Enceliopsis covillei

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Enceliopsis covillei
Enceliopsis covillei (5562954036).jpg
Scientific classification
Kingdom: Plantae
(unranked): Angiosperms
(unranked): Eudicots
(unranked): Asterids
Order: Asterales
Family: Asteraceae
Tribe: Heliantheae
Genus: Enceliopsis
Species: E. covillei
Binomial name
Enceliopsis covillei
(A. Nelson) S.F.Blake 1931 [1]
  • Encelia grandiflora M.E.Jones 1895 not (Benth.) Hemsl. 1881
  • Helianthella covillei A.Nelson 1904

Enceliopsis covillei, known by the common name Panamint daisy, is a rare North American desert species of flowering plant in the daisy family.[1][3]


The perennial plant is endemic to California, within Death Valley National Park in Inyo County. It is only known from the rocky slopes of the western Panamint Range sky island, west of Death Valley in the northern Mojave Desert.

The species was named for American botanist Frederick Vernon Coville (1867–1937), by American botanist Aven Nelson as Helianthella covillei.[4]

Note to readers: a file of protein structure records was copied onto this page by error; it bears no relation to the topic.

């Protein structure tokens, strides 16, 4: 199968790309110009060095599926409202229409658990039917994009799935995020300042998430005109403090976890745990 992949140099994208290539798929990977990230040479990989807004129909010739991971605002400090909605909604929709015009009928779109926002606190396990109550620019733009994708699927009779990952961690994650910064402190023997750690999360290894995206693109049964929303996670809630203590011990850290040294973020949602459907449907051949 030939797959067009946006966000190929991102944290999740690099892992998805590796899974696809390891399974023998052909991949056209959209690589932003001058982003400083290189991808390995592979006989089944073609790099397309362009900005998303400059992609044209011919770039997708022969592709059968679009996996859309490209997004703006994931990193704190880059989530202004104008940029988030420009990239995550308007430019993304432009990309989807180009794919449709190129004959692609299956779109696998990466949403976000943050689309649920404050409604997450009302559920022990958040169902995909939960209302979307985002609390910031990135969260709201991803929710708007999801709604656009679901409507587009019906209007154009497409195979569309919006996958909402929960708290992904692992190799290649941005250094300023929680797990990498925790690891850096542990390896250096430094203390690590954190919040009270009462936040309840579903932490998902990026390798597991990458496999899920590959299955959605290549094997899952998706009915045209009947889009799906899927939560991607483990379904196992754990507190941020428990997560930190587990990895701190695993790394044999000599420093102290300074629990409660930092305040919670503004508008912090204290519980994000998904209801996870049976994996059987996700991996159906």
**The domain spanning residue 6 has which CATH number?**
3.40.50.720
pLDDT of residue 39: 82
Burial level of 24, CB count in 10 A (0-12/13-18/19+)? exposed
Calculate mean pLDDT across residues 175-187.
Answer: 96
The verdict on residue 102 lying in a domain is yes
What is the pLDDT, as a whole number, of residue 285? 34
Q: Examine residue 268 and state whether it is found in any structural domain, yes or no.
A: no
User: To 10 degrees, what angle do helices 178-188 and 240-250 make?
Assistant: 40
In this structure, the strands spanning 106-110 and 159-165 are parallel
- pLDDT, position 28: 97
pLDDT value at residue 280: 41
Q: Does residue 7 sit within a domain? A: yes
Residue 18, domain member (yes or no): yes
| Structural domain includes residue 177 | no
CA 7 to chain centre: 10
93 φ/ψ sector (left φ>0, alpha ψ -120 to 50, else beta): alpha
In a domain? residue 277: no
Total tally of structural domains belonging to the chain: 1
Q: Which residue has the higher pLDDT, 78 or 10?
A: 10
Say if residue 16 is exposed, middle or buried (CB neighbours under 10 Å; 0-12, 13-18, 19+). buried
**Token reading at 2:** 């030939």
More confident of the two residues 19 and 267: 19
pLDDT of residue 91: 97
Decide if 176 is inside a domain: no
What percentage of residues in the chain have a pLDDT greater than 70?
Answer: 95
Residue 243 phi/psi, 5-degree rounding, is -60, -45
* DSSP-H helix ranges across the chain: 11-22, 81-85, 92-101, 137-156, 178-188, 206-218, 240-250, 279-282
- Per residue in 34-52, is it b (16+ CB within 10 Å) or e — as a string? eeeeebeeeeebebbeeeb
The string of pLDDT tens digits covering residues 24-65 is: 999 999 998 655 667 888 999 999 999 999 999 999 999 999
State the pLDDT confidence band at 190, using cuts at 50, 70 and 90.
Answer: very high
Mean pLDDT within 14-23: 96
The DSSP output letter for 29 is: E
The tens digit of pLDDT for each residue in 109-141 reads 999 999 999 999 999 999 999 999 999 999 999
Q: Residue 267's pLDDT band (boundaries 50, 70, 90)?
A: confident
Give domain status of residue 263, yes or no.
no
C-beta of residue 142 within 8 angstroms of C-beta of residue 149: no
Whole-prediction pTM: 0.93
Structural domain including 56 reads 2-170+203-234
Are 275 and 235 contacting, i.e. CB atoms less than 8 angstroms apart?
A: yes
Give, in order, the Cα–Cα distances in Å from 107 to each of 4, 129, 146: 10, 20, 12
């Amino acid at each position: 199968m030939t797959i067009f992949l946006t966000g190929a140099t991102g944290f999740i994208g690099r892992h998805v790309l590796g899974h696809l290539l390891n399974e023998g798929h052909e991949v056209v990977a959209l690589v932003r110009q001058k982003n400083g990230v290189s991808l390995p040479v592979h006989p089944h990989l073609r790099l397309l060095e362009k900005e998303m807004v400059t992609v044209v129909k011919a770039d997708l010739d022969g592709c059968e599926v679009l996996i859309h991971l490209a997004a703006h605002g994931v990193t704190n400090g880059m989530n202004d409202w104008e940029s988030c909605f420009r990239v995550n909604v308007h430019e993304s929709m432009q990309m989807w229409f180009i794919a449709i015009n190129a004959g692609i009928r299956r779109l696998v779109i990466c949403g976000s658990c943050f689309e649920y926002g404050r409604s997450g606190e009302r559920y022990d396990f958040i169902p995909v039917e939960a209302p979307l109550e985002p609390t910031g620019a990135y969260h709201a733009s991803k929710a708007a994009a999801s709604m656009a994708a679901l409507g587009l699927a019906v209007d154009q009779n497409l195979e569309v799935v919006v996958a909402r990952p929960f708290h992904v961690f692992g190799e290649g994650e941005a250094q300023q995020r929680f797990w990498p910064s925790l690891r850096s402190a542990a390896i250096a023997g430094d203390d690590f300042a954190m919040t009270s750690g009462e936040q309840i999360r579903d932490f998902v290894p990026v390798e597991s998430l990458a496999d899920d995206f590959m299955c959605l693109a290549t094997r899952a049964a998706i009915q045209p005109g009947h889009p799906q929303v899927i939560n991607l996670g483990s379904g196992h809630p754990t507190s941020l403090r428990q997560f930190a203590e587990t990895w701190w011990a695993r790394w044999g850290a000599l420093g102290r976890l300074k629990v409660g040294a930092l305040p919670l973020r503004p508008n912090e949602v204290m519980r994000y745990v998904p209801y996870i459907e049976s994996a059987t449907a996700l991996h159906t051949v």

Enceliopsis covillei is a perennial herb with erect stems varying in height from 15–100 cm (6-40 inches), growing from a tough, woody caudex. The silvery woolly leaves are up to 10 centimeters (4 inches) long by 8 wide and are spade-shaped to oval to diamond-shaped with winged petioles.[3]

The inflorescence is a large solitary flower head on an erect or leaning peduncle which may reach 100 cm (40 inches) tall. The flower head has a base made up of three layers of pointed phyllaries coated in gray or silvery hairs. The head has a fringe of many yellow ray florets each up to 5 centimeters (2 inches) long, surrounding many small disc florets of the same color.[3]

The fruit is an achene about a centimeter long with a small pappus.[3]


An artwork of the Panamint daisy is featured in the logo of the California Native Plant Society, a renowned botanical, conservation, and education organization in California established in 1965.[5]

Enceliopsis covillei is an [[endangered species on the California Native Plant Society Inventory of Rare and Endangered Plants.[6]


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